We need to think about tackling the Covid Decade for young people

Young people have been hit hard by the pandemic but it’s not clear there is much for them in the Queen’s Speech today. Our recent British Academy review shows the deep social and economic impacts of Covid-19 on the young. Perhaps most prominently, young people have lost the good part of a year of quality education, despite the best efforts of their teachers. The job market has also impacted more on young people than anyone else: a shocking nearly two thirds of the jobs lost in the pandemic so far were by under 25 year olds. And early evidence of the first lockdown suggests it is 16–24 year olds who have suffered the worst mental health outcomes. Not to mention a year of lost fun and friendship. This picture does not yet seem to be well recognised, and ironically the image that may have stuck is that of young people holding illegal student parties and otherwise breaking the rules.

The pandemic exacerbates existing inequalities. It is important to remember that roughly 1 in 3 children lived in relative poverty before the pandemic struck. During the first lockdown, 74% of private schools offered a full virtual day of schooling compared to 38% of state schools. Meanwhile some of our poorest children did not have access to laptops or internet to let them learn remotely. There are heart-wrenching stories of children sitting on trams in order to access free public wifi so they could access their school work.

The impacts of the pandemic on young people will stretch well beyond this year — the British Academy’s review talks about living in a ‘Covid Decade’. Losing out on those early rung jobs in hospitality and retail means a blow to confidence and skills which will last a long time. The Institute for Fiscal Studies has estimated a loss of an average of £40k for each young person over their lifetimes due to loss of education and skills, which amounts to around £350bn over 50–60 years. Equally, it is impossible to quantify the long term mental health effects of the pandemic.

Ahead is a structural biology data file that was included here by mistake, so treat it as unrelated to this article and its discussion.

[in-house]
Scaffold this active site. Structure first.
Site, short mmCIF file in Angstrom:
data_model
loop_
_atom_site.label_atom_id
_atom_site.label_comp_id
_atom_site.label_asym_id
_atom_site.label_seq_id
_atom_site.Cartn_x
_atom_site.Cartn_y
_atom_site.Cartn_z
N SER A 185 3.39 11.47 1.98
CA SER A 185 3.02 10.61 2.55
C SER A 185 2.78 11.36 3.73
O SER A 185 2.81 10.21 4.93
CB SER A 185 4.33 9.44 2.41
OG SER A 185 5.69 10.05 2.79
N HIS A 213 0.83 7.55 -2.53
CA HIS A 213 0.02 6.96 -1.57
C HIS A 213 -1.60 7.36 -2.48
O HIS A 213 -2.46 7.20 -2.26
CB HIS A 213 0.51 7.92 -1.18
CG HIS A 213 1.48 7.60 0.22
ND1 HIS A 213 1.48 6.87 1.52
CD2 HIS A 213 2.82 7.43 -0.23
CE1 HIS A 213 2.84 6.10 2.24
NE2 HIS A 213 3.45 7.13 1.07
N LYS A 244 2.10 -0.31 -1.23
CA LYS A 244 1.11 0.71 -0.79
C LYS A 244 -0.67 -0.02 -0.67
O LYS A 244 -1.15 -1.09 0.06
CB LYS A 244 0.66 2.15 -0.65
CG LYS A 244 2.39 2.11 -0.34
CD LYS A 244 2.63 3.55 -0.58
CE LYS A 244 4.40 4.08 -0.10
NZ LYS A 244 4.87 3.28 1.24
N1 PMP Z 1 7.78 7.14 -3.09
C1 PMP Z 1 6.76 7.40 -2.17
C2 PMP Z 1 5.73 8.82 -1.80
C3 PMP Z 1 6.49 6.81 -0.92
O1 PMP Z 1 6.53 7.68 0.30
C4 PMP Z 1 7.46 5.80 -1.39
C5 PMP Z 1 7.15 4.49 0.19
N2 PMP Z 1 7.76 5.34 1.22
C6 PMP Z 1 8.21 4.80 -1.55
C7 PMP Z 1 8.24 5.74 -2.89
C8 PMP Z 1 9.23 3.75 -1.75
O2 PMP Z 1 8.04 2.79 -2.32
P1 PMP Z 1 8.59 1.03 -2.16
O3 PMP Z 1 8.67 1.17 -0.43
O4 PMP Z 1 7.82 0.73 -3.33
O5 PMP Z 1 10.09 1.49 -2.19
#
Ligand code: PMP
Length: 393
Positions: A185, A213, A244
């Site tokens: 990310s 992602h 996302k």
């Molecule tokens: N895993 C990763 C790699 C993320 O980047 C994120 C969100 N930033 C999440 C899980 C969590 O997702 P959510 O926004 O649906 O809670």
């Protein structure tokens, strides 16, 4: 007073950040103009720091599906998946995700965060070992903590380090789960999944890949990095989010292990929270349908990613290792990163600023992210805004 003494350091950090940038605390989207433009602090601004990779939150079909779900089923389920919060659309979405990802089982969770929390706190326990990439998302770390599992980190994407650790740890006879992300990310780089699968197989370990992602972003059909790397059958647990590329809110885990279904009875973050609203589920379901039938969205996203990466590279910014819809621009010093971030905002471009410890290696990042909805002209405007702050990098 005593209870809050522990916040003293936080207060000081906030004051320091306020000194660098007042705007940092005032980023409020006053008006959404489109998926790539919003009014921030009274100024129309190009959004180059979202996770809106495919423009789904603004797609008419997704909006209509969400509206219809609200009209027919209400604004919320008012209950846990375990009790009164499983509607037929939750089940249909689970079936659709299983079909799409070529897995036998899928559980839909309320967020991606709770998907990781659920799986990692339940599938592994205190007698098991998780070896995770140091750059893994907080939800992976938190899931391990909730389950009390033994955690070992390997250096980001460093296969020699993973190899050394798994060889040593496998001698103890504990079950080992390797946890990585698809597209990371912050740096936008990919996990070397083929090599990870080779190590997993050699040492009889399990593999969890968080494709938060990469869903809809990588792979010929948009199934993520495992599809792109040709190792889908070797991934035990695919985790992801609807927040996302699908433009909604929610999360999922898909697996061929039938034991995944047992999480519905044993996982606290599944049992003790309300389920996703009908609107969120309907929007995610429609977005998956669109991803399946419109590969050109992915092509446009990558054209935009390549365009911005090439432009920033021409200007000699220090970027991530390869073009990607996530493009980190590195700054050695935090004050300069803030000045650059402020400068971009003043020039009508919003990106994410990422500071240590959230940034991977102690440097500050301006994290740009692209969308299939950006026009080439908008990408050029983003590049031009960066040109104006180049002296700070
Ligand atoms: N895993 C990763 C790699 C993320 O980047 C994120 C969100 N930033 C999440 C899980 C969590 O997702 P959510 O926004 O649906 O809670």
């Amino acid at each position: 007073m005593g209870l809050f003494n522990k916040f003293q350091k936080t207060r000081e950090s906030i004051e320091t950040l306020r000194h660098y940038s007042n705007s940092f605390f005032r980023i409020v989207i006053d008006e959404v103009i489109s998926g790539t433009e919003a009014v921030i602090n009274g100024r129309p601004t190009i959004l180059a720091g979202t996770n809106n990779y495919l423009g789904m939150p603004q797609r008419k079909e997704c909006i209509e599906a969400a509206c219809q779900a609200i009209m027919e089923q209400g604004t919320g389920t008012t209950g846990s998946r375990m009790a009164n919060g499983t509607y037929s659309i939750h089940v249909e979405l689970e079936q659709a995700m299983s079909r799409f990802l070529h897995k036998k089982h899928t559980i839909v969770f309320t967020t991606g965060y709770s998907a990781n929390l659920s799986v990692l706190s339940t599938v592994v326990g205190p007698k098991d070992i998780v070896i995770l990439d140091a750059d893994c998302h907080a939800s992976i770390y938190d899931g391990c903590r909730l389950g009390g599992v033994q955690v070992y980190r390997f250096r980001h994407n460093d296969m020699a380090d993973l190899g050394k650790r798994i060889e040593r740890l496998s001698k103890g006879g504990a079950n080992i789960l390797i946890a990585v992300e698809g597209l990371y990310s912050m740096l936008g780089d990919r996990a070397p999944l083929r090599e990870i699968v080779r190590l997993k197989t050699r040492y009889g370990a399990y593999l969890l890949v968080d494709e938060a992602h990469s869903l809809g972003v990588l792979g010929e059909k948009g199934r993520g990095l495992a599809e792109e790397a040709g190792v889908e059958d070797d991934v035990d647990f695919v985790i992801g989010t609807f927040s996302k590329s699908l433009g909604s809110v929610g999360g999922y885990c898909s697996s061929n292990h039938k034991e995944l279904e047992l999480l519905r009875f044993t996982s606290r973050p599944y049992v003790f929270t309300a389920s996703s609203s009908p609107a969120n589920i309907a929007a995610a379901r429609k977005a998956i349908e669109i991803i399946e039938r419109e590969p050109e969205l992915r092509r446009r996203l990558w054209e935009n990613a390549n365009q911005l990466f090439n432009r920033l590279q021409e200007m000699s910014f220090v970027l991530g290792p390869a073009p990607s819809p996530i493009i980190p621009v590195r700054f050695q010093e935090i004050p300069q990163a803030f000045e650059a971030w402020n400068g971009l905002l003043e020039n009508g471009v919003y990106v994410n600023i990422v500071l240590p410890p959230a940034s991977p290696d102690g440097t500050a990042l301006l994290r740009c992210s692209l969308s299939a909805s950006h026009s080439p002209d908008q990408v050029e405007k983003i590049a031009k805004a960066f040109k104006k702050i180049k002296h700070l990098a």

As vaccines help us combat the worst physical effects of the pandemic, it is time society turned to tackling the long term societal impacts of the pandemic. It is also important that we do not let a sense of injustice build up — young people were least at risk from the virus but in many ways have paid the biggest price. Therefore, society owes them a debt which needs repaying.

In the short term we need to look at ways to provide additional opportunities for children to catch up on physical, social and emotional development. The skills system also needs fixing with better funding for further education colleges which have suffered a 12% real terms cut in funding over the last decade, and more flexible and attractive options for employers around apprenticeships and job placement schemes. It is good that there is a focus on skills in the Queen’s Speech, although much of this seems aimed at adults.

Currently children and young people do not have a voice in the policy process — without a vote it is all the more important we find ways to get their input. We need to ask what it would look like to join policy up around young people. There used to be a Department of Children, Schools and Families — we need to revive the mentality that led to its creation and join up policy for young people across areas such as health, education, housing, crime. There should be investment in broadband as a critical digital infrastructure, so as to reduce digital divides. Our review also suggests greater localised support through government and civil society— this might include youth work, green spaces and play areas, investment in sports.

After the divisions of Brexit, one of the small silver linings of the pandemic was that it united us as a country against a common enemy. It is important we do not let a new intergenerational divide became entrenched and grow bitter. The young have endured a lot in the last year for the sake of everyone else: policymakers should be thinking about how they can be supported in the years to come.

Hetan is chief executive of the British Academy, visiting professor at Kings College, London and has various non exec roles. These are his own views.

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